|Platforms:||PC, Dreamcast, PlayStation 2|
|Genres:||Strategy / Real-Time Strategy|
|Release Date:||October 30, 2001|
|Game Modes:||Singleplayer / Multiplayer|
The year is 2010. Socio-political blocks have formed between once rival nations, driving wedges between these superpowers and independent holdouts. Wars rage, thousands perish, and an organization dedicated to preserving the status quo is formed. Enter the ICP (International Corps for Peace), said international military force, which routinely stamps out proverbial fires worldwide. Opposing these peacekeepers are GHOST, a secretive group composed of multinational corporations and sovereign nations. Stirring up crisis situations isn’t just a hobby for these nut jobs—it’s a specialty.
Both sides are viable play choices, boasting rich campaigns and unique advantages that offset an otherwise comparable unit selection. Which side you select should simply be a matter of preference. Fancy herding survivors into refugee camps and establishing radar-jamming devices? Try the ICP. Prefer manipulating media coverage, recruiting local yokels as soldiers, and planting spies amongst seemingly harmless populace? Go with GHOST, oh morally unconcerned friend. Both selections translate into a brilliant, lengthy campaign that’ll have you hooked for days, if frustration doesn’t set in first.
As if simply combating often-faceless enemies on fully realized 3D terrain wasn’t troublesome enough, you’ve got to be concerned with public perceptions as well. Alongside power and funding, popularity itself is a resource. You access new technology by championing the goals of your organization through actions, not words. Media coverage proliferates as play develops, casting generals in whatever light their latest round of decision-making has adopted. So if you want funding for that fashionable advanced tank, keep civilian casualties at a minimum.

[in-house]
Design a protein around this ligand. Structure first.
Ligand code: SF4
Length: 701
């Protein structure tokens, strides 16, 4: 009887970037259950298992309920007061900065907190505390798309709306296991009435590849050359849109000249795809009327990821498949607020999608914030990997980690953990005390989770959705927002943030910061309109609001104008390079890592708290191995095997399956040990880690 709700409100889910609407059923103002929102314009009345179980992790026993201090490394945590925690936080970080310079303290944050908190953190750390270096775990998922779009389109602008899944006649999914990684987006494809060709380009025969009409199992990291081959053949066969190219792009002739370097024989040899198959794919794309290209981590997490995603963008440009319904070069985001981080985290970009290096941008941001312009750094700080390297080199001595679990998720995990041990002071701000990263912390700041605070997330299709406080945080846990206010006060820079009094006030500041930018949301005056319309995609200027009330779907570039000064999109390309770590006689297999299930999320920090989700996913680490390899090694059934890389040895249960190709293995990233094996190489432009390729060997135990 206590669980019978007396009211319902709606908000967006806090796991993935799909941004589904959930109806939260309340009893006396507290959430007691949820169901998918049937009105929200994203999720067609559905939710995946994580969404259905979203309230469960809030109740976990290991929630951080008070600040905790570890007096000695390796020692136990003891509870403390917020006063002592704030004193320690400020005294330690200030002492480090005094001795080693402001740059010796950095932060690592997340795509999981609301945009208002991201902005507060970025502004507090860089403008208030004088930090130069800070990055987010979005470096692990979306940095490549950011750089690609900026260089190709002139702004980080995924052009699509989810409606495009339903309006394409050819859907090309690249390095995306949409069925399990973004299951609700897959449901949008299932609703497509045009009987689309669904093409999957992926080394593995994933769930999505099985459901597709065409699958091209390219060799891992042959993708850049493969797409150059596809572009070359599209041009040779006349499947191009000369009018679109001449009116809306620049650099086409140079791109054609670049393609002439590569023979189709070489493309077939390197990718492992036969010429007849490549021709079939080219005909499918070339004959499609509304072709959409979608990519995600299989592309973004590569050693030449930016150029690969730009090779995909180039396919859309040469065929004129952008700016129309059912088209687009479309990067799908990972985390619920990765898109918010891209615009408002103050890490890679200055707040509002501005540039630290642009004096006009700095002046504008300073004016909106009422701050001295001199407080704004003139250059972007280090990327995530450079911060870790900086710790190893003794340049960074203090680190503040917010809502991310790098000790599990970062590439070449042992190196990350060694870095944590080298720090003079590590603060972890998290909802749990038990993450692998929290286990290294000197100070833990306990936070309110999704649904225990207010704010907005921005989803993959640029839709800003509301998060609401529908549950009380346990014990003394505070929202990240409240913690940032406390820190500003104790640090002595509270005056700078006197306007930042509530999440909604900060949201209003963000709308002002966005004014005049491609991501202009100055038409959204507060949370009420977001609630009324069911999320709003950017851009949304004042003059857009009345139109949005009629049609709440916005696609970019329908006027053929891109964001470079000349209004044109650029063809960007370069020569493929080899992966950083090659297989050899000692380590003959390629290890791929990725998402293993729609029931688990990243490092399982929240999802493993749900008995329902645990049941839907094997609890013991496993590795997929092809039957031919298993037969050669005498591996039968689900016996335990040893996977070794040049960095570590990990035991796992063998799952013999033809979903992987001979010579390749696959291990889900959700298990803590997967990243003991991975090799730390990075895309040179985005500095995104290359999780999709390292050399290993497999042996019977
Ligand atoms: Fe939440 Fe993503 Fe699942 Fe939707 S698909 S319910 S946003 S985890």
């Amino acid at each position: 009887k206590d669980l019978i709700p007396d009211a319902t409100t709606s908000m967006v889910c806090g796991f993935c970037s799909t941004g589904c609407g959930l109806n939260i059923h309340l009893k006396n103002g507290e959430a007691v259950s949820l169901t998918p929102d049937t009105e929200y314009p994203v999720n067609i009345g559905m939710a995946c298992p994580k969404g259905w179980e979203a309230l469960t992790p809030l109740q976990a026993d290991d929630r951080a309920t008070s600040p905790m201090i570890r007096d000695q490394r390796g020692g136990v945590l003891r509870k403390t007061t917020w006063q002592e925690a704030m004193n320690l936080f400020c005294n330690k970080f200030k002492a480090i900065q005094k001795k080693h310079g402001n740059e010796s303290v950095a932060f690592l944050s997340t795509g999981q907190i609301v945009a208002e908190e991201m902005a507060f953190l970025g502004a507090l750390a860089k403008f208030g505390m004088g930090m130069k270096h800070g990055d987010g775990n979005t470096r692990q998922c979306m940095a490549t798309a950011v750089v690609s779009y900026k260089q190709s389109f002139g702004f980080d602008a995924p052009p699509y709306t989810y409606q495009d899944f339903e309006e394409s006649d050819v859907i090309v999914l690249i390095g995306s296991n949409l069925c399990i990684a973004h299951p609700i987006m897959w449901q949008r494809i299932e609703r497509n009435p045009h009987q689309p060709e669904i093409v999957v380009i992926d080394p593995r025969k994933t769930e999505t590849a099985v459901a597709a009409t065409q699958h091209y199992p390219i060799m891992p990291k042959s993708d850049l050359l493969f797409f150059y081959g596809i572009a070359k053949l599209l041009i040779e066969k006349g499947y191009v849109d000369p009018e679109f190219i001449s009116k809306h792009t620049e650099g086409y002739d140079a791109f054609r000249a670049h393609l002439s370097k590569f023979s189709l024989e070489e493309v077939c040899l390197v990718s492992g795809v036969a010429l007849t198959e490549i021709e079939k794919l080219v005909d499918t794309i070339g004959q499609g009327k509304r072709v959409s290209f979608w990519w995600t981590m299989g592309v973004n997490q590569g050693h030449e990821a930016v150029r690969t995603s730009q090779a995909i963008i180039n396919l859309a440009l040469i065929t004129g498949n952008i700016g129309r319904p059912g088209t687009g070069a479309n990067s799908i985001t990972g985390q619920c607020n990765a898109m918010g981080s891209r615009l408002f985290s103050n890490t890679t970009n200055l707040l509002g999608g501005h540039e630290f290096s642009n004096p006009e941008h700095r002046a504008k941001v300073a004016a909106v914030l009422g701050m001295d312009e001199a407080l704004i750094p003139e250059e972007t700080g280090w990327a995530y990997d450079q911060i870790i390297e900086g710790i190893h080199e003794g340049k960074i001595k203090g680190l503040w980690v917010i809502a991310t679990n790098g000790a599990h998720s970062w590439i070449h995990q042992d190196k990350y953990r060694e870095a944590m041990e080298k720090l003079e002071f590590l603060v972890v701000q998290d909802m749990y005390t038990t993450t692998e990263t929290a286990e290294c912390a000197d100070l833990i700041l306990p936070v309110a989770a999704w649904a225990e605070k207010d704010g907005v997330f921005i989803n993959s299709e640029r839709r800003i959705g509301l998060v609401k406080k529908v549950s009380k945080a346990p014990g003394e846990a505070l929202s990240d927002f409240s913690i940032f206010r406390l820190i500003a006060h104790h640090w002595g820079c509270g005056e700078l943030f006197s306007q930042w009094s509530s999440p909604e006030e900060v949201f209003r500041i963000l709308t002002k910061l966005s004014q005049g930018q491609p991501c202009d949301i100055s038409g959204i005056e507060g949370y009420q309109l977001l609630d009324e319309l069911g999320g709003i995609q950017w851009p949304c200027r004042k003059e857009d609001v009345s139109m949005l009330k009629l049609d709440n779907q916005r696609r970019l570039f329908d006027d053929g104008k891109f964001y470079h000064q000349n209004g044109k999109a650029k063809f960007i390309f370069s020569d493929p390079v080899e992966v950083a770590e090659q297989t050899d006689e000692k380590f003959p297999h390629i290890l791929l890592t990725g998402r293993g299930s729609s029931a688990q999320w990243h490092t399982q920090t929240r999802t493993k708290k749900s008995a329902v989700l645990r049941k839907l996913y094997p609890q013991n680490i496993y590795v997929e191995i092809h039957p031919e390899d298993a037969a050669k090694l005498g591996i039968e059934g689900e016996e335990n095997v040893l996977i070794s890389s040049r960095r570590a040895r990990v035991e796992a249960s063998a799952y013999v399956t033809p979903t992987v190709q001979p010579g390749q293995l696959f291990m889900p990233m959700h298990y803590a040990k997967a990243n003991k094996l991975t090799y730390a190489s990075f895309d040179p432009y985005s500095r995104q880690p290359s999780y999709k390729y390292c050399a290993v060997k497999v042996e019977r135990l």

Commanding officers—to whom you can allocate resource points and specific tasks—alleviate most of these hassles. Even with a workmanlike command interface and semi-intelligent advisors, however, keeping tabs on multiple conflicts and kinder, gentler wartime efforts demands a Herculean effort. Never mind that you’re also simultaneously dealing with supposedly intelligent units who ignore direct orders 50% of the time.
Regardless, the battles are oddly satisfying. Tactically sound decisions based on elevation, locale and seemingly innocuous nearby resources are factors that win the day. Learning to seize territory without leaving a trail of corpses is much more compelling than you’d be inclined to think. By hook or crook, even veteran commanders-in-chief will find themselves soundly schooled through novel lessons in the ancient art of war, despite the fact that most direct conflicts bear too strong a resemblance to countless others witnessed before in RTS land.
System Requirements: Pentium II 300 MHz, 128 MB RAM, Win95
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